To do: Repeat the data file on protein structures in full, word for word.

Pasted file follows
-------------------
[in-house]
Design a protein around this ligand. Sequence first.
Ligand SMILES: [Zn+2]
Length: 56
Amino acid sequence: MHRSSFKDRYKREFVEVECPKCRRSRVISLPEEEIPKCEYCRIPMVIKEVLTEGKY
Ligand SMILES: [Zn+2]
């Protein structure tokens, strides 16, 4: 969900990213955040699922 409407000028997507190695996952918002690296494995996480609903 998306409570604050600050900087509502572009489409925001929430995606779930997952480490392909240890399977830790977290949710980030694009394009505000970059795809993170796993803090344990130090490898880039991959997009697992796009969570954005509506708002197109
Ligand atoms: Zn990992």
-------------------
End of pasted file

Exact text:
[in-house]
Design a protein around this ligand. Sequence first.
Ligand SMILES: [Zn+2]
Length: 56
Amino acid sequence: MHRSSFKDRYKREFVEVECPKCRRSRVISLPEEEIPKCEYCRIPMVIKEVLTEGKY
Ligand SMILES: [Zn+2]
């Protein structure tokens, strides 16, 4: 969900990213955040699922 409407000028997507190695996952918002690296494995996480609903 998306409570604050600050900087509502572009489409925001929430995606779930997952480490392909240890399977830790977290949710980030694009394009505000970059795809993170796993803090344990130090490898880039991959997009697992796009969570954005509506708002197109
Ligand atoms: Zn990992």